Matysova continued to play tennis on the side while she engaged herself in the more difficult latter years of the German education system, not sure if and how tennis was going to continue to be intertwined in her life. Izabella Zgierska, Matysova’s former teammate on a club tennis team in Dachau, Germany, gave her the answer.

“I knew a girl on the [Nebraska] team, Izabella,” Matysova said. “I knew she was doing this and she kept telling me about what it is, how the team competes and that it’s fun. She would always play in her uniform in Germany, because we don’t have uniforms, so she would just bring out her Nebraska stuff. Bella mentioned me to the coaches, and [former Associate Head Coach Hayden Perez] told me all about it, but I didn’t exactly know what I was going into. Like I didn’t know much about the college system, what D1 and D2 mean, I didn’t know much. I just knew Bella was here.”

After laughing about how she accidentally told Nebraska to send a contract for her to sign before she was even offered, Matysova explained that despite not knowing any of the details or intricacies that go into U.S. college athletics, she knew that competing in the states was the right step for her.

“It’s definitely different here, because it comes to college sports a lot more, and I mean, we don’t have college sports in Europe,” Matysova said. “That’s the biggest difference probably. College was the perfect way to channel [tennis] into something bigger without having to go professional and having that risk of giving up school and everything, like college here is the perfect combination of that, of going to school and still playing tennis.”

After committing and being pulled into her new Husker family, Matysova found there was so much more that went into U.S. tennis culture that she never had the opportunity to experience before. Just as Zgierska had told her, Nebraska was a place that made tennis fun.

“Here, tennis becomes a team sport in college, while in Europe it’s very individual,” Matysova said. “And, I mean, we do have team sports but they’re still very individual. We play those eight games together and the rest of the year, everyone does their own things. I traveled with my mom to the tournaments, or sometimes you travel with your coach, but at the tournaments it’s very split. At tournaments [in Europe], you have people hanging out and they usually hang out maybe in two people or just alone, and here, I mean the whole team aspect of doing the team cheer before the matches and cheering during the matches and that whole... I mean, I didn’t really cheer for myself either before I came here, and here it’s all about showing your energy and [the team] is just such a big part.”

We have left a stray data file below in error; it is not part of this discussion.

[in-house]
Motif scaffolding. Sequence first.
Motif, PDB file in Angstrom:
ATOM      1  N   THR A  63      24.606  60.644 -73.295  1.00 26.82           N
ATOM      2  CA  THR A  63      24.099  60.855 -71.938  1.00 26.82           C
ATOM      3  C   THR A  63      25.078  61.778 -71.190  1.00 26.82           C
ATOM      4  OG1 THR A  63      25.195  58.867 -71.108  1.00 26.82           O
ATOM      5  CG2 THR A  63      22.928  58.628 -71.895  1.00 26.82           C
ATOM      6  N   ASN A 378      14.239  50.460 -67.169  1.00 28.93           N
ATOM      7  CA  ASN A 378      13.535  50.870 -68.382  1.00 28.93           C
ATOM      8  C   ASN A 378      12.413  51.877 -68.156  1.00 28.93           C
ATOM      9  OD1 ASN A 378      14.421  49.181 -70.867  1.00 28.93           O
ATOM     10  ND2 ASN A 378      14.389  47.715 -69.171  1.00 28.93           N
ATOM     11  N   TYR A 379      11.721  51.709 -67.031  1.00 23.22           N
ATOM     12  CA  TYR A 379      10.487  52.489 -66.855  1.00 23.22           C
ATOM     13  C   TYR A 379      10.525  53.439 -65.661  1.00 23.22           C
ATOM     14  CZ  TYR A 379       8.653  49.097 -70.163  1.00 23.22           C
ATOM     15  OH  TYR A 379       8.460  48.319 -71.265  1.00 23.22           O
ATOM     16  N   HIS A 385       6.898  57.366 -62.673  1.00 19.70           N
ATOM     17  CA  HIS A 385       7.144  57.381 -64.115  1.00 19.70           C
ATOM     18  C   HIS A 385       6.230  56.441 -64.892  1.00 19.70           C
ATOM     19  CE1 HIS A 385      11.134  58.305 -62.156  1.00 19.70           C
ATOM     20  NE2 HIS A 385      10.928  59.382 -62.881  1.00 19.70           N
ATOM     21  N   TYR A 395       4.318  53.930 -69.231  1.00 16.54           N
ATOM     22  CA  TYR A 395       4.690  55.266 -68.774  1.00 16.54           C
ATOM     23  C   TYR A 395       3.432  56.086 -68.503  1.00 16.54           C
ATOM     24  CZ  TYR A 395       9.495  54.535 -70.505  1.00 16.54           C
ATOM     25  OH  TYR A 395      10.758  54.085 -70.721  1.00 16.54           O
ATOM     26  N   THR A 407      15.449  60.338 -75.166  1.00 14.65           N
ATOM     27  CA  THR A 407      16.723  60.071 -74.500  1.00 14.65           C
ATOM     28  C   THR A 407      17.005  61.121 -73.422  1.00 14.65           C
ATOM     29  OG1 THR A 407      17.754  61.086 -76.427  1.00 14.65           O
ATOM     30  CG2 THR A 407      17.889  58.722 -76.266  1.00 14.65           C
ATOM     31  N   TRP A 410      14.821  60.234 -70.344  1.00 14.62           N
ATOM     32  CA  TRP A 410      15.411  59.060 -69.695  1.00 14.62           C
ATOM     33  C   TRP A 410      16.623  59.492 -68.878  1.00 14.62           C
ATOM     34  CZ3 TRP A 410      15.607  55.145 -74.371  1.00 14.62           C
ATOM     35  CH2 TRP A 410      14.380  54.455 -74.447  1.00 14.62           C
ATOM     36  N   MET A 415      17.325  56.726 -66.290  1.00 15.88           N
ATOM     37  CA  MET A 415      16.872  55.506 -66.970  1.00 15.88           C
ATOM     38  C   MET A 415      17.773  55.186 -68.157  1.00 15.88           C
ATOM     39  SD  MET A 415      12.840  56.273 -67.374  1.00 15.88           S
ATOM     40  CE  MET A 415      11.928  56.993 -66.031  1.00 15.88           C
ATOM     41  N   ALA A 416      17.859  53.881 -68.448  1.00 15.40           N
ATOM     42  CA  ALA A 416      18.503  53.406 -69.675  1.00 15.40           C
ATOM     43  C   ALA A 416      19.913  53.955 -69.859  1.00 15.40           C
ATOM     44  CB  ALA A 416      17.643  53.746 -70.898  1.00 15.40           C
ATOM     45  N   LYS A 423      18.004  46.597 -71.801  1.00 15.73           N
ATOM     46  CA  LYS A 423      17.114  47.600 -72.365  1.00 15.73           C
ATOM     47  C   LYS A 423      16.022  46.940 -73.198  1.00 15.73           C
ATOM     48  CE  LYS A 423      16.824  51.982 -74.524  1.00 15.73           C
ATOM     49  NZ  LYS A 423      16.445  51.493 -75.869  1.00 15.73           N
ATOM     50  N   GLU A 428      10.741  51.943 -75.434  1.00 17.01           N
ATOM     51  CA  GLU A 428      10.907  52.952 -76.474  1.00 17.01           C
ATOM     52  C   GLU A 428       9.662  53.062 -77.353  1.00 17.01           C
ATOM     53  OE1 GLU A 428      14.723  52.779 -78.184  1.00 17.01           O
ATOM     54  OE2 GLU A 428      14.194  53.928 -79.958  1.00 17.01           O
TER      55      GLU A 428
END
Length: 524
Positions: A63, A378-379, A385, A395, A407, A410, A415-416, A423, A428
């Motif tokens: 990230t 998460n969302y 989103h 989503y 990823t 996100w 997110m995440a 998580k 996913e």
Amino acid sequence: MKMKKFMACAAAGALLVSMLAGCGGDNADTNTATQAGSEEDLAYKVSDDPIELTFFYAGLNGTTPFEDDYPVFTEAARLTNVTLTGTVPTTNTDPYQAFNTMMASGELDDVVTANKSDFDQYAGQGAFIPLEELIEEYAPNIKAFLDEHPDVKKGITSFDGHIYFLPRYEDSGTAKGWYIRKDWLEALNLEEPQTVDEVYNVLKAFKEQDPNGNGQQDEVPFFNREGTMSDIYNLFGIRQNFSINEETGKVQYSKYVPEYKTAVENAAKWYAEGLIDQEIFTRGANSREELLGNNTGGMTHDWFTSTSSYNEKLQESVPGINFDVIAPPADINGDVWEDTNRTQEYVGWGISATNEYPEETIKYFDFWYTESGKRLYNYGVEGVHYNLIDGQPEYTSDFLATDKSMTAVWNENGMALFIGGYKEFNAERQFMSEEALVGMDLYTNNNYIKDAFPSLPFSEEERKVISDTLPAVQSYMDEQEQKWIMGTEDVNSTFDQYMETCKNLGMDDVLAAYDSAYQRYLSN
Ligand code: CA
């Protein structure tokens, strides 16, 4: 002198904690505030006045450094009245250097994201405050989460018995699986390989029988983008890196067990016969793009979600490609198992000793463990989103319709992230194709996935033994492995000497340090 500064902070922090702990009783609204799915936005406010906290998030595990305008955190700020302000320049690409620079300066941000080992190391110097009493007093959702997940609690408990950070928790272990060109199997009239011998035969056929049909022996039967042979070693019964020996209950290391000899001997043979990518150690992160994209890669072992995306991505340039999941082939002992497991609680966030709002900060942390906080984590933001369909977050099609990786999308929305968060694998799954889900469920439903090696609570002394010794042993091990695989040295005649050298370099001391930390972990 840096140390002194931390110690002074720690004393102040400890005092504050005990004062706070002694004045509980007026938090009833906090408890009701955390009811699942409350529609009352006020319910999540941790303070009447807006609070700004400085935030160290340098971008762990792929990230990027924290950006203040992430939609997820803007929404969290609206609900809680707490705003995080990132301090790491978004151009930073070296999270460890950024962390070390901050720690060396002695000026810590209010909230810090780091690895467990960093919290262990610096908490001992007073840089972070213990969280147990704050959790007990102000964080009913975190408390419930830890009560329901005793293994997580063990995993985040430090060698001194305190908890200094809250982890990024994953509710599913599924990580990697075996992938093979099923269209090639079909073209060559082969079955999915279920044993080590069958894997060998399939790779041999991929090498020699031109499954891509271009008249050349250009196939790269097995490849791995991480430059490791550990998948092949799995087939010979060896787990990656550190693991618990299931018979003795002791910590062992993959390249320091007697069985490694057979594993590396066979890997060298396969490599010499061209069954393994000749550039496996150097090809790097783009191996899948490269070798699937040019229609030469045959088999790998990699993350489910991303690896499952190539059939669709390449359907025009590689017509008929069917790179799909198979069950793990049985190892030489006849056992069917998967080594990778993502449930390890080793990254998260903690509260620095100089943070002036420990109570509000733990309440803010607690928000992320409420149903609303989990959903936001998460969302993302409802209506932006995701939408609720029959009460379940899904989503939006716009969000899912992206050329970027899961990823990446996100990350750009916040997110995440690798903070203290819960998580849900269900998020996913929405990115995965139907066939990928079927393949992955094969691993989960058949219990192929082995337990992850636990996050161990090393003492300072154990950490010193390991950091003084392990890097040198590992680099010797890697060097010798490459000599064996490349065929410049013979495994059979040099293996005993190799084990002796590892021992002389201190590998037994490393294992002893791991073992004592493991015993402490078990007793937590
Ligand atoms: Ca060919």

The Big Red also became a crucial element in Matysova’s life when she faced a torn ACL and MCL in the fall of her freshman year. Her coaches, teammates and trainers lifted her up, which allowed the 2016 Big Ten Sportsmanship Award recipient and two-time Tom Osborne Citizenship Team member to turn the lowest point in her tennis career into a future full of her greatest highs.

“My injury was at the right timing,” Matysova said. “I was kind of done with tennis when I came here, I was a little annoyed about it and just not really in a good mood about it. And when I had my injury, that just kind of gave me a goal and made me miss tennis a lot, and so I started to be way more positive and more focused on tennis and the whole journey of coming back.

“The last two years of [high school] were rough and I didn’t play much and then I didn’t compete much, so I didn’t play well. That was actually probably the biggest part, I didn’t play much during the last two years and then I came here and I still had really high expectations for myself and I couldn’t meet them, because I was just not fit enough and didn’t practice enough, and so I was just getting down on myself for no reason. And when I got injured, I put those expectations really low, and so that allowed me to come back from the bottom, which is way easier than having high expectations right away.”

As Matysova shifted her mentality from being the best to just being able to compete, the tennis star transitioned from a 3-8 record her freshman year to helping lead the team her junior year with a 32-6 record, including an undefeated spring record of 18-0 in singles and doubles play.

Now, with another physical challenge seemingly behind her, Matysova is hoping to soar into her senior season and help lead the 2018 Huskers to the NCAA Tournament.

“I thought I was going to be more upset about it, but I’m actually looking forward to it,” Matysova said. “It’s a good roundup. I regret nothing. I’ve done everything I wanted and this time’s going to be great, and it was great. So I’m just really excited for next season honestly.”